After.Life

"You have to look beautiful for your funeral."

I’ll say this for After.Life: it is sure to be the only film this century that features Justin Long, Hollywood’s premier clean-cut nice guy, backhanding an 11 year-old boy. He does so roughly halfway through the movie — a full-on smack in a fit of indignant rage. It is such a majestic moment that I perked up, thinking that After.Life was getting ready to shake off its pseudo-arthouse stupor and reach for a level of camp. No dice. The movie, which plays like a snooty, deliberately obtuse version of Saw, is undercooked, self-serious nonsense from beginning to end.

Rewatched in the mind’s eye, After.Life is actually rather intriguing, at least conceptually. I can’t reveal the details of why without spoiling the film, but suffice it to say that the juxtaposition of what it pretends to be about and what it turns out to be about is, on paper, interesting and even kind of cool. The degree to which the movie is nonetheless a tedious slog is remarkable.

As the film opens, Anna (Christina Ricci) is going through the motions. She goes about a job as a schoolteacher with a competent, dead-eyed indifference. She damn near sleeps through sex with her lawyer boyfriend Paul (Long), who glumly remarks, “You used to enjoy it.” When Paul invites her out to dinner, expensive wine in tow, planning to propose, she picks a fight and runs out in a huff.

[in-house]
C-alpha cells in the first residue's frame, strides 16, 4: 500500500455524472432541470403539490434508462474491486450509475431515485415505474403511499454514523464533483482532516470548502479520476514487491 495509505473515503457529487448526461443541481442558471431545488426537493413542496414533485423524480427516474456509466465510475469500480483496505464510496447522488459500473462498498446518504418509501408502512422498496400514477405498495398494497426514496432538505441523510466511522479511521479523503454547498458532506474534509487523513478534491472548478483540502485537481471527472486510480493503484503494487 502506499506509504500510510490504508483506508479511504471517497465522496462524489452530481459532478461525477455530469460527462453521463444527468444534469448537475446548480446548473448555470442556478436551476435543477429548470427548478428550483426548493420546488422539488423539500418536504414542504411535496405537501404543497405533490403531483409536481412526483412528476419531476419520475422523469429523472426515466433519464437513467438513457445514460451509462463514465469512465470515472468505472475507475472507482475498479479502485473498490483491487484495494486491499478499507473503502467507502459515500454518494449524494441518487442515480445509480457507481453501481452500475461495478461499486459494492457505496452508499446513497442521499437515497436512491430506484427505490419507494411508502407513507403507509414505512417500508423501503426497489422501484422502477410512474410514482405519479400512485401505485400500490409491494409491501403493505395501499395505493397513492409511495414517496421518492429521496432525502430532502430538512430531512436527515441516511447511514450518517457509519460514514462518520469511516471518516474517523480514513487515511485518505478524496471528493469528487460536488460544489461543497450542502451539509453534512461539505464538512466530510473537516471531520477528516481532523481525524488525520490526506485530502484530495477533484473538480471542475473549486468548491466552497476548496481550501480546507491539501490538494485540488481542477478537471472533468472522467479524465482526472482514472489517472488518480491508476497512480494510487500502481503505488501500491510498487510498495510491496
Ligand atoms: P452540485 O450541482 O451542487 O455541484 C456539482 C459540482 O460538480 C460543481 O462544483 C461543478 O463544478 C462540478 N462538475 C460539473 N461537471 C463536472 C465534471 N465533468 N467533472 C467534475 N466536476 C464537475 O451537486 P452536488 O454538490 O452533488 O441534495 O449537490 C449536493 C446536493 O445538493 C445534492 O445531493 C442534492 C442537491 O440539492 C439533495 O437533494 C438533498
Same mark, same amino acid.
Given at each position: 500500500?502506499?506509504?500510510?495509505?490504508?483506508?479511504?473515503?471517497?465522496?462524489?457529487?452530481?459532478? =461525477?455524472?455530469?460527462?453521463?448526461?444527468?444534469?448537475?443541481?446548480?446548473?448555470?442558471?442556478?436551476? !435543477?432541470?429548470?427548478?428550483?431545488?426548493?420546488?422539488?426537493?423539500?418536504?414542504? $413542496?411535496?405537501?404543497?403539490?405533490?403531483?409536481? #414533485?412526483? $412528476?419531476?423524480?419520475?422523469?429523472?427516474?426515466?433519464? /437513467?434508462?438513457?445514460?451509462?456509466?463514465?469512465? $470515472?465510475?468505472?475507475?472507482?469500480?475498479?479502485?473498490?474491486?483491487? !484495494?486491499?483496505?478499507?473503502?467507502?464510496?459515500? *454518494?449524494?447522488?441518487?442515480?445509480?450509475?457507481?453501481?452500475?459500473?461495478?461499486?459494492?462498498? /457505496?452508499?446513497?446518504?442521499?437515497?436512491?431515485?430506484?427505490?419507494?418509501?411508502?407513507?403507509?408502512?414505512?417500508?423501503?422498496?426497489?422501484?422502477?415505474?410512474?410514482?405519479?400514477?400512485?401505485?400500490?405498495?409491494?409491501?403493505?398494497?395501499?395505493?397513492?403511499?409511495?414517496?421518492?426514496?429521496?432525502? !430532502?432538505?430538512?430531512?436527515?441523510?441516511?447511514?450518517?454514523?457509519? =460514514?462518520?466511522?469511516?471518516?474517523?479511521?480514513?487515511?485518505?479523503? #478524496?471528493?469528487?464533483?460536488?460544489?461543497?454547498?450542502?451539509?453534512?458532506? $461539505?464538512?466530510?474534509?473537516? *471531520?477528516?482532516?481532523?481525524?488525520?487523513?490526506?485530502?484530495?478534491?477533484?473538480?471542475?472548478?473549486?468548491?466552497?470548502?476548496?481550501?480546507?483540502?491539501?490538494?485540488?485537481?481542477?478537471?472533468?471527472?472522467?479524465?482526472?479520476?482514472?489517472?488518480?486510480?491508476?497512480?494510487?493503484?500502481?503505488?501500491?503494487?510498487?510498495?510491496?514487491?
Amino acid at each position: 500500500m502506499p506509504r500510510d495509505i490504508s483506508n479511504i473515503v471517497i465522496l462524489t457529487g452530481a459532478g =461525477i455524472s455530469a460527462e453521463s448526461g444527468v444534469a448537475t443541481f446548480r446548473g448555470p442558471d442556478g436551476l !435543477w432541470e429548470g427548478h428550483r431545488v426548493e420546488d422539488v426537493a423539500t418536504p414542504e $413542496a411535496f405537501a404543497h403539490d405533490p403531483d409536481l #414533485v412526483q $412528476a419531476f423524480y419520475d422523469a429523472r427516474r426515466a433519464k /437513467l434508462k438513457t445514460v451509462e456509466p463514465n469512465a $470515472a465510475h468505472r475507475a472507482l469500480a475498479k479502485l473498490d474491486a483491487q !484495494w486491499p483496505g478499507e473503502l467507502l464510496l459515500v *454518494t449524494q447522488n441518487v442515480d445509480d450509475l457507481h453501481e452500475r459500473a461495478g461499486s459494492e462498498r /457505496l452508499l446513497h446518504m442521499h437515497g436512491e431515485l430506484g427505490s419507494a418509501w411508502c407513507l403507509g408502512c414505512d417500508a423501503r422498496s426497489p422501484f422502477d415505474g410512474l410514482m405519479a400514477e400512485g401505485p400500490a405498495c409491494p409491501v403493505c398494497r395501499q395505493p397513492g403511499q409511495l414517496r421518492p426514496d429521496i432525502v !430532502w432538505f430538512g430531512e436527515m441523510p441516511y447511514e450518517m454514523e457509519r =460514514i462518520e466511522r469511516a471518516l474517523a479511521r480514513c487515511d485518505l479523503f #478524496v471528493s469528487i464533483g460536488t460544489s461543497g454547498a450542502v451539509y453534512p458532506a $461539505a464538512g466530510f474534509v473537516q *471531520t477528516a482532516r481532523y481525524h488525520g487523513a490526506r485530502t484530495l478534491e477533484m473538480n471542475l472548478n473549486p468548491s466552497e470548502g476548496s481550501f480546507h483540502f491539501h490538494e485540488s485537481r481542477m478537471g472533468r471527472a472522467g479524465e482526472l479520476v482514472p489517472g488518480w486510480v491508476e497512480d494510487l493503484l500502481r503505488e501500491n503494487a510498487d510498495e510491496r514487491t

Then, of course: a car accident. Apparently a fatal one, because Anna “wakes up” in the cellar of a funeral home, where the funeral director, a solemn fellow named Eliot Deacon (Liam Neeson), informs her that, well, she’s dead. Why is she talking? Well, Eliot has a gift: he can talk to the recently deceased, and shepherd their souls to the afterlife. Oh, and he’d like to pump her with a yellowish drug that will “relax your muscles” while he prepares her for the funeral. Meanwhile, Paul is hysterical and ultimately becomes convinced that Anna isn’t really dead, while one of Anna’s young students (Chandler Canterbury) takes an unhealthy interest in the goings-on at the funeral home.

Of course, everything ends up being not as it seems. And conceptually, like I said, After.Life ultimately sounds kind of interesting. The problem is that the movie doesn’t work at all scene-to-scene and moment-to-moment. For much of the film, director Agnieszka Wojtowicz-Vosloo is working with an intriguing premise: Anna is being told that she’s a ghost, but doesn’t believe it. Okay, you might say — what of it? Might she come up with a way to test whether she’s “real”? Or maybe try to escape the cellar where (she thinks) she’s being held prisoner? Beyond an abortive attempt to call Paul, which amounts to little, the answer is no: she doesn’t do anything but complain, and at one point break things in a fit of rage.

The same can be said for the subplot involving Paul, whose hysterical grief turns into a paranoid conviction that Eliot is holding Anna, very much alive, prisoner in his basement. Until the film’s final moments, nothing whatsoever comes of this. He shows up at the funeral home demanding to see Anna and is rebuffed. He goes to Anna’s school and backhands the 11 year-old. He goes to the police who don’t believe him. That’s about all of it.

After.Life has no sense of drama or excitement. As a horror film, it fails miserably by virtue of being a bore. As an arthouse genre experiment, it’s little better, simply because Wojtowicz-Vosloo has no idea what makes the horror genre tick. Despite starting with a good idea, After.Life just leaves a trio of talented actors to flounder, deer-in-the-headlights style, on the screen.

-- Eugene Novikov

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Screening Log

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